A shudder ran down the collective New Zealand spine yesterday. Raw memories of all those times in the past when the Wallabies have crept up on them and stolen their silverware have been stirred.
It could happen again. In fact, the odds on it happening again are beginning to shorten alarmingly on the strength of Australia’s almost flawless burglary at Twickenham.
You have to hand it to this Wallaby squad. From a nervous, tentative outfit brimming with self-doubt they put on the most comprehensive demonstration of fast, error-free and adventurous rugby we have yet seen at this World Cup.
This was the kind of footy that the Wallabies played under John Eales, and orchestrated so cleverly by George Gregan and Steve Larkham. All that nonsense in the British press beforehand about Bernard Foley being unable to run a game or kick effectively, and that the dramatic unpredictability of Quade Cooper is a better bet for the Wallabies, was blown away for good.
In reality Wallabies sides are always at their best when they stick to the formula of fast accurate passing and high speed recycling away from the breakdown. Cooper’s eccentricities get in the way of that, disrupt the flow and cause no end of anxiety among those around him.
There has been a lingering slight, not just in the British media, which has the Aussie pack as a collection of easy-beats, a pushover for the All Blacks, Springboks and English. Well, that assumption came a very sudden thud at Twickenham. Perhaps it was the work of the great Argentinian hooker Mario Ledesma who Michael Cheika called in to stiffen the Wallabies up at scrum time that caused the English such a shock.
Clearly, England were intent on imposing their in-built sense of superiority backed by loud renditions of sweet chariots swinging low, grinding the Wallabies down and relying on their tactical kicking to take the game away from Australia. They wanted to negate the impact of the two sneak thieves, Michael Hooper and David Pocock at the breakdown by committing more bodies to the cleanout.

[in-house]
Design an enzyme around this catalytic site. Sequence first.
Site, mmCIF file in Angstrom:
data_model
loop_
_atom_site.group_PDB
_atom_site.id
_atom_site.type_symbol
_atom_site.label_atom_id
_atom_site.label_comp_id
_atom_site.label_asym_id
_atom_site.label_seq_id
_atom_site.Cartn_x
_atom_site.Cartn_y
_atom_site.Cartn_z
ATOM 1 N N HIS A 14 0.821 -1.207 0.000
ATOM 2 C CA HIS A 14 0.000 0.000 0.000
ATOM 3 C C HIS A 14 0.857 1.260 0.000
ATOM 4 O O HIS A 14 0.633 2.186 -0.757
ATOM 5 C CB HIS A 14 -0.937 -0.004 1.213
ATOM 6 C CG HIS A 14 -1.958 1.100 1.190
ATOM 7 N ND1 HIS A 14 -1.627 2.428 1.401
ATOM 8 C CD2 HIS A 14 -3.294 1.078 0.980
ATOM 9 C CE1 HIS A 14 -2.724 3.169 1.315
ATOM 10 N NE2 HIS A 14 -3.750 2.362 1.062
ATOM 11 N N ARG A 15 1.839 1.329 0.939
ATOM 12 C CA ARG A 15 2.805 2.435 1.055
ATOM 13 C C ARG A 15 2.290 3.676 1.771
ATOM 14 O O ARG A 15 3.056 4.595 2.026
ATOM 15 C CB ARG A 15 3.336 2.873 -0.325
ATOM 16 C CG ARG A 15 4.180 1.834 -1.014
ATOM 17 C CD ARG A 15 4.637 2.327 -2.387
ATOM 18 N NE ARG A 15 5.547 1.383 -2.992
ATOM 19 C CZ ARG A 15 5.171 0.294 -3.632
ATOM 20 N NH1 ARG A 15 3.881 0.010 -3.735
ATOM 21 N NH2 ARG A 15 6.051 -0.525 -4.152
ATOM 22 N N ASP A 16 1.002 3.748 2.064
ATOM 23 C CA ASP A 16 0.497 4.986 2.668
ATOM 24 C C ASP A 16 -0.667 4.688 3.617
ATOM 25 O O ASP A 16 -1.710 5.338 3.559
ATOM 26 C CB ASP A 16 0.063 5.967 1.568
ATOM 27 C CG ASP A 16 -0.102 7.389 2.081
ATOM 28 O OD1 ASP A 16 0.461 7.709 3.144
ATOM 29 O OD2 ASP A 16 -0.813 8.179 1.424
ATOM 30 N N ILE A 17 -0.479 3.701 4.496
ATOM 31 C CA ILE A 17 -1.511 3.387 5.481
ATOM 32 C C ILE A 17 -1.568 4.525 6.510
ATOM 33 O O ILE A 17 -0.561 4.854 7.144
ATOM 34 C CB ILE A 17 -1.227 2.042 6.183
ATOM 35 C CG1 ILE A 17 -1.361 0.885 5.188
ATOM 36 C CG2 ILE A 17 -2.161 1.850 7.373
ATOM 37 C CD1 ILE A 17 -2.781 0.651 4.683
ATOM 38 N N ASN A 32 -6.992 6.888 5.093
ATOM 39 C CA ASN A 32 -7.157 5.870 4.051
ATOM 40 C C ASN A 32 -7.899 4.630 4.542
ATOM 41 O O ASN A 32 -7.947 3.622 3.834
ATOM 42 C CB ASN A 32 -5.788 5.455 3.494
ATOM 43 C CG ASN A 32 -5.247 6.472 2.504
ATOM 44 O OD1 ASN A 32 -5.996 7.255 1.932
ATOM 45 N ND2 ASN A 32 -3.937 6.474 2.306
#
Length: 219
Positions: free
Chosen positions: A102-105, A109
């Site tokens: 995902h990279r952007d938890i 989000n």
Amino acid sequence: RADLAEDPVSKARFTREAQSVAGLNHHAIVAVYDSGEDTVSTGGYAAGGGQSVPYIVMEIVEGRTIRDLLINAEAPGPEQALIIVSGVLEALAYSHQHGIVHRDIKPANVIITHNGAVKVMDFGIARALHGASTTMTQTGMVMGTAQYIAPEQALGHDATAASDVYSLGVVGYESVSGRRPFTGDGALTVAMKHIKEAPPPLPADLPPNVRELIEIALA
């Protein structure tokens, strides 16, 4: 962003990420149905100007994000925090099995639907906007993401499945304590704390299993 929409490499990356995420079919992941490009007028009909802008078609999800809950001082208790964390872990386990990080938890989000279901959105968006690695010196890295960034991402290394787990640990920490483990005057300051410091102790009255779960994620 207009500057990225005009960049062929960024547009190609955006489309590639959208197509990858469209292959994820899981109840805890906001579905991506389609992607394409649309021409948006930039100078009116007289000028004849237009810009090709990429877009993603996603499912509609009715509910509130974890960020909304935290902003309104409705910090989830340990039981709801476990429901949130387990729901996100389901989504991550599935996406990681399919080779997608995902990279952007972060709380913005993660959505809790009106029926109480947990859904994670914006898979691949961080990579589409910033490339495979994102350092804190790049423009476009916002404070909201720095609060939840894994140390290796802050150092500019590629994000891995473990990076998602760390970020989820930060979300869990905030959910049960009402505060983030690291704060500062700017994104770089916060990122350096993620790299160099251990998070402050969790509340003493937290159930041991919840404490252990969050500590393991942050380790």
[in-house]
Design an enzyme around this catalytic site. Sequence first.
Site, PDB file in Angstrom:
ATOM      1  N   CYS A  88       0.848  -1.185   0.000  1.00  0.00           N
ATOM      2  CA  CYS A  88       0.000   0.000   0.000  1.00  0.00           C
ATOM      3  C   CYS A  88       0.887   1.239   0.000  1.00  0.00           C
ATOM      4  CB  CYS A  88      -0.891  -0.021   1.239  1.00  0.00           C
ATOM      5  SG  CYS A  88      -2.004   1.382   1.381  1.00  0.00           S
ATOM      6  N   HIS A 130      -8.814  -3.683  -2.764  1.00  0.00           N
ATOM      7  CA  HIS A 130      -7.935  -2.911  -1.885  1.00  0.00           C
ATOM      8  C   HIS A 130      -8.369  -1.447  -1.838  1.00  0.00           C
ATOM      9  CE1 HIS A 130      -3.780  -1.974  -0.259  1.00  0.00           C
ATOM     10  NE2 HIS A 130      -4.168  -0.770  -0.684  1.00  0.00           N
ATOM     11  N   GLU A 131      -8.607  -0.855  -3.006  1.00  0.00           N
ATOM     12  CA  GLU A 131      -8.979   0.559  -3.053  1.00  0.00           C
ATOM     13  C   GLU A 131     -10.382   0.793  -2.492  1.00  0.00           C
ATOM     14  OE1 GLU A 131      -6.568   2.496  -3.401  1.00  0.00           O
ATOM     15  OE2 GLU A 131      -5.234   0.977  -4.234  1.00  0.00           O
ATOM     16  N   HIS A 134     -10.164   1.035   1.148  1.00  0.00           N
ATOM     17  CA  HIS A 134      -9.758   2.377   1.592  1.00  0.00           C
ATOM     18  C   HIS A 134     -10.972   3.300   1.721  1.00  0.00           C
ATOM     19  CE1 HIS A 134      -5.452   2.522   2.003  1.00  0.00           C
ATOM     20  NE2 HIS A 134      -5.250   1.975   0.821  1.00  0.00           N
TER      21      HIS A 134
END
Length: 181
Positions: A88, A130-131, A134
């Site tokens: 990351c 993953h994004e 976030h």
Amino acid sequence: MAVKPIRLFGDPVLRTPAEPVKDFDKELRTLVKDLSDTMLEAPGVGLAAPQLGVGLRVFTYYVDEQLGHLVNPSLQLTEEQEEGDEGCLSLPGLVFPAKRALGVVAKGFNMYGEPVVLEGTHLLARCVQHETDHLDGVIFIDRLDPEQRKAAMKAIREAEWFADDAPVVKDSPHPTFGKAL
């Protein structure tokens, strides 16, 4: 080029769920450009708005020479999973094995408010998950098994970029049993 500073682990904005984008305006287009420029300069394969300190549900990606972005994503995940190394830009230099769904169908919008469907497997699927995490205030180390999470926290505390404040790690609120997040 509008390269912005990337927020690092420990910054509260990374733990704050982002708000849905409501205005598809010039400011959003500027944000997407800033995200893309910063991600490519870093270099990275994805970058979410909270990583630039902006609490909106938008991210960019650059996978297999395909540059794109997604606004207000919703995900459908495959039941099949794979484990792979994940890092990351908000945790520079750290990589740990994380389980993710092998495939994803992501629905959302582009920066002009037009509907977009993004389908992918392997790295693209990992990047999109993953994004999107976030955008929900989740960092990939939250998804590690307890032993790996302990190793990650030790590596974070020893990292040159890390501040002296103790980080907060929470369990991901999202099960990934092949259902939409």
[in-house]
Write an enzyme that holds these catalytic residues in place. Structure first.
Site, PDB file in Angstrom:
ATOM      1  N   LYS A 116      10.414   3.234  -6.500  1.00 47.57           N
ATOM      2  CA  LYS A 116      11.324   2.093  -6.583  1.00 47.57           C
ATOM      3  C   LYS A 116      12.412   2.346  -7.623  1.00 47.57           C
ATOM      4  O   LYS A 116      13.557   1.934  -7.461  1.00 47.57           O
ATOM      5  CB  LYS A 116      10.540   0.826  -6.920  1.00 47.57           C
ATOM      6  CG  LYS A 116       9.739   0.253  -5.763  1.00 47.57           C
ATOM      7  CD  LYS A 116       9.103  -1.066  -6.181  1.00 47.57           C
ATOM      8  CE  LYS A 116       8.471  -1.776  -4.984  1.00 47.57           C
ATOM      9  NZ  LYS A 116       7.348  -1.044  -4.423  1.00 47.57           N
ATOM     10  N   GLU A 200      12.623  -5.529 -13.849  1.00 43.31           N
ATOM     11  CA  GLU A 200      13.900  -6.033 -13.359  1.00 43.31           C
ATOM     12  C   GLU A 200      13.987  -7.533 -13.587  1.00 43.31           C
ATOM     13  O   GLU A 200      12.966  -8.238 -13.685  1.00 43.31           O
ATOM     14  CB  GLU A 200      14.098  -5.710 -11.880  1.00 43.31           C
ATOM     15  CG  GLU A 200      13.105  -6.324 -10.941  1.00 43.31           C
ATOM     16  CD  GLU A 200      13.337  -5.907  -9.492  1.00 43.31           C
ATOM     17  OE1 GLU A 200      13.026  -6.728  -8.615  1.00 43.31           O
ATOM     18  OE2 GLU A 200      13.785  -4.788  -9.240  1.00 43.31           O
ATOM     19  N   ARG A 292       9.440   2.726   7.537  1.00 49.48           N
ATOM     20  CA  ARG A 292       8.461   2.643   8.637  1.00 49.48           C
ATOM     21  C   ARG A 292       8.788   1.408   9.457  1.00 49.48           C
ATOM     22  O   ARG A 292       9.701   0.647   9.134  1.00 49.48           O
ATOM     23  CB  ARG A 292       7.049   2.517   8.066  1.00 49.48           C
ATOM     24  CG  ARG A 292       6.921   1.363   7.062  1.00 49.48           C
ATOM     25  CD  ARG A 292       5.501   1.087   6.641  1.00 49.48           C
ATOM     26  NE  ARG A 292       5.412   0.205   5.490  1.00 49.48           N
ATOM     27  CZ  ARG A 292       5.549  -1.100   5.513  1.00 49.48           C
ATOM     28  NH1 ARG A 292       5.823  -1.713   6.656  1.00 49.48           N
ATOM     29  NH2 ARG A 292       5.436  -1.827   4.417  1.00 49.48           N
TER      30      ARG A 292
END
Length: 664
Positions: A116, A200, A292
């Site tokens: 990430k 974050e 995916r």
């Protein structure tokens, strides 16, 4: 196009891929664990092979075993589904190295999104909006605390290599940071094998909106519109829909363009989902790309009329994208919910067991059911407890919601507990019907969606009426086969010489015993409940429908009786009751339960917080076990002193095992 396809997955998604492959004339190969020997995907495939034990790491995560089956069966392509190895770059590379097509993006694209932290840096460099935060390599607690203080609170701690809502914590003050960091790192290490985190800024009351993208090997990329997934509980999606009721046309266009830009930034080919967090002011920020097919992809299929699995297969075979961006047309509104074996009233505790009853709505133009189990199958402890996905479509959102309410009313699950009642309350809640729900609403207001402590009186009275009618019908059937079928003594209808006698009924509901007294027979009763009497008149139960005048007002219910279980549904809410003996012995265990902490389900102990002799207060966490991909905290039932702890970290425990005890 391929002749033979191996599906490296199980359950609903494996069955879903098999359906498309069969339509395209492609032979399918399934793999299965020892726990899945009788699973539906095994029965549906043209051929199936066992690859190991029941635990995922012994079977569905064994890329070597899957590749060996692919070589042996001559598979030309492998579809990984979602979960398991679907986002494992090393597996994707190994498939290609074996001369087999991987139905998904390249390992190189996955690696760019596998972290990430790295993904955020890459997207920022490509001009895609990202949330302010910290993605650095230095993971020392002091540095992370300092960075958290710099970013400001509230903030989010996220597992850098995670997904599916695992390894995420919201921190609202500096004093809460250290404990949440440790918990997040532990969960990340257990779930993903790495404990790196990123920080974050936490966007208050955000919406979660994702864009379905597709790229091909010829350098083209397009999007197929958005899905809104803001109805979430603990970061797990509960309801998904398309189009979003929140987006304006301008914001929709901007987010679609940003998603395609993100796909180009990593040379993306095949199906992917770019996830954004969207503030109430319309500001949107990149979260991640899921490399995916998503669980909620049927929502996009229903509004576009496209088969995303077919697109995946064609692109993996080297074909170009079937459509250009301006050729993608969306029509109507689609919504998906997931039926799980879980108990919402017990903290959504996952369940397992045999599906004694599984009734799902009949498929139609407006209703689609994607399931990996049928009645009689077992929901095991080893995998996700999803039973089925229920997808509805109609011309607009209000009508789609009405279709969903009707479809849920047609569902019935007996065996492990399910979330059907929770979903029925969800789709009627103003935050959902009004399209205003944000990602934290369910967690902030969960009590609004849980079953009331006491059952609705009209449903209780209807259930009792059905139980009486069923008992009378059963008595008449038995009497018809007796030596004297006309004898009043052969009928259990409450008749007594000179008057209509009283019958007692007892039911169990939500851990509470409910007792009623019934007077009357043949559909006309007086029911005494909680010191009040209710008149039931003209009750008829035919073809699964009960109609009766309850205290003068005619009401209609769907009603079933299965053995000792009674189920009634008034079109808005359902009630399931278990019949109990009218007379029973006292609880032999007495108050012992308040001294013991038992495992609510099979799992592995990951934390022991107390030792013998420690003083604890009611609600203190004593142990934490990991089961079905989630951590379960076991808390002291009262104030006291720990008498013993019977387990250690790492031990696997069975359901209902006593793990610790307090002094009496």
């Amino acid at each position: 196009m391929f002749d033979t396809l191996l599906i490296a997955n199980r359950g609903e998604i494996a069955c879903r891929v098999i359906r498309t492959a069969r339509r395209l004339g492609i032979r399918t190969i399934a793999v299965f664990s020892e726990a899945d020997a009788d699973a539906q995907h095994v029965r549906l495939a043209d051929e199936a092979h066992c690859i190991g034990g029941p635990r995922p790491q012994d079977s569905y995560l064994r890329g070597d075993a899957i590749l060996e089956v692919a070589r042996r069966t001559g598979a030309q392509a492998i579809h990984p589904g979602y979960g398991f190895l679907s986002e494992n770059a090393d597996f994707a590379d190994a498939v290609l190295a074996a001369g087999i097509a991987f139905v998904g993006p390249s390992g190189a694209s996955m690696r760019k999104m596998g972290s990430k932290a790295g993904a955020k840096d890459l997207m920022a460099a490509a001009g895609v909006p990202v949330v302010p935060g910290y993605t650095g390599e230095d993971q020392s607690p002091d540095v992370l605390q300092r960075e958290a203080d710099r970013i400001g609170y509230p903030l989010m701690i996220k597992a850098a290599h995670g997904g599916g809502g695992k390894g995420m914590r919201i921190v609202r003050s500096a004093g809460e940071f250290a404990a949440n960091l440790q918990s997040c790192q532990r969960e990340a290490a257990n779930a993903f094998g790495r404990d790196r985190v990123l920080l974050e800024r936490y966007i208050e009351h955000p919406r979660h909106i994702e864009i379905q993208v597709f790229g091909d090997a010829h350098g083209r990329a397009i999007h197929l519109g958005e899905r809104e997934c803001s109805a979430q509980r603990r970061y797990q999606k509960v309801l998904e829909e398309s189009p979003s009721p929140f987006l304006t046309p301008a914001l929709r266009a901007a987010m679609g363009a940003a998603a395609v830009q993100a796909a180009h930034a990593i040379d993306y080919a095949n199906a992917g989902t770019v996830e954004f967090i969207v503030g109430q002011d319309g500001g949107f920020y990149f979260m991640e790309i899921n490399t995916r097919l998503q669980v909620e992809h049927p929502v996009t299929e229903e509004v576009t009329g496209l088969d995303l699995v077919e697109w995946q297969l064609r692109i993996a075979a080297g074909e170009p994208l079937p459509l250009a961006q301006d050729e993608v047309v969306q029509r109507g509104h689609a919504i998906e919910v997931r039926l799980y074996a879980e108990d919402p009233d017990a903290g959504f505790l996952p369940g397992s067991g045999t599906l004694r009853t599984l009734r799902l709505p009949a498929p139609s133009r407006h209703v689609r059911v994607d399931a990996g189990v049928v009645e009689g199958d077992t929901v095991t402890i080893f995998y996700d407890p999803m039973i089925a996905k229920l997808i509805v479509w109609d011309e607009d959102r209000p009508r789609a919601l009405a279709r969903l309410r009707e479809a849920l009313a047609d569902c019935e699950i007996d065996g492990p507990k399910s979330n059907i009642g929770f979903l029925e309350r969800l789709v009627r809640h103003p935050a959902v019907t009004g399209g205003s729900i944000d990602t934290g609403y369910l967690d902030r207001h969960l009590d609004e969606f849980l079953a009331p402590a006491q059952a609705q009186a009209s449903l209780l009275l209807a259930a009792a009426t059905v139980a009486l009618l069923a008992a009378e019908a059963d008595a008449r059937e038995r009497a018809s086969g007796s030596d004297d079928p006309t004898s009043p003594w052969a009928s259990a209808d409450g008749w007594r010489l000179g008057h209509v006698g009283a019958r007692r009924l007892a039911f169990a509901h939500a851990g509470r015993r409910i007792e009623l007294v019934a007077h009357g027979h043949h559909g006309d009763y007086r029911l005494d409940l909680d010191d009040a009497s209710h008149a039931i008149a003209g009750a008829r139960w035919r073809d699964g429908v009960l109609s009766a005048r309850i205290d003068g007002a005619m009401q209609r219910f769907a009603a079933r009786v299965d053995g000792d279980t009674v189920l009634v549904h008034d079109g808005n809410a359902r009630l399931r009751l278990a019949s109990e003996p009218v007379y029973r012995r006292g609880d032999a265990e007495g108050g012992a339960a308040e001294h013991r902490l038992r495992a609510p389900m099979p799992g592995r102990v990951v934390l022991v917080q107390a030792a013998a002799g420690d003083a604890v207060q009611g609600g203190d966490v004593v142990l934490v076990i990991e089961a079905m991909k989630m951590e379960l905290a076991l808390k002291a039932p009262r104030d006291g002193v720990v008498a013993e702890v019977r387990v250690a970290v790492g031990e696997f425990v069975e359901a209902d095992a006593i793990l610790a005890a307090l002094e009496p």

The most astute English commentator, Simon Barnes said as much beforehand: “Emotions, scrums, nullification of the flankers and kicking should save England.” On all counts the English failed.
The greatest failure, apart from the scrum, was their sheer inability to stop the Hooper/Pocock roadshow. These two effectively turned the game. Time and again the English cleaners-out simply couldn’t get there quickly enough to cut them off and showed what a difficult job that is against a double act as phenomenally gifted as this.
Michael Cheika’s seemingly bizarre experiment earlier in the year in the Sydney Test against New Zealand has paid off and lumbering English forwards simply couldn’t cope with it.
With their set pieces in high retreat the English backline began to panic. In the second half in particular their performance became a carbon copy of their capitulation to a Welsh team that never really expected to win until the last five minutes.
The English backline showed all the tactical acumen of a cabbage and we can now assume that the futile experiment with Burgess in midfield has come to a merciful end, submerged in the welter of recrimination and scapegoating that only the British media are capable of indulging in.
Unless Wales, who have clearly burned up most of their emotional stockpile, or the French who, true to character, will keep the punters guessing all the way through the tournament, or the Irish who are good for at least one heroic effort at the business end of the tournament, manage to make their way through to the semis, then it is once again destined to be a southern hemisphere show.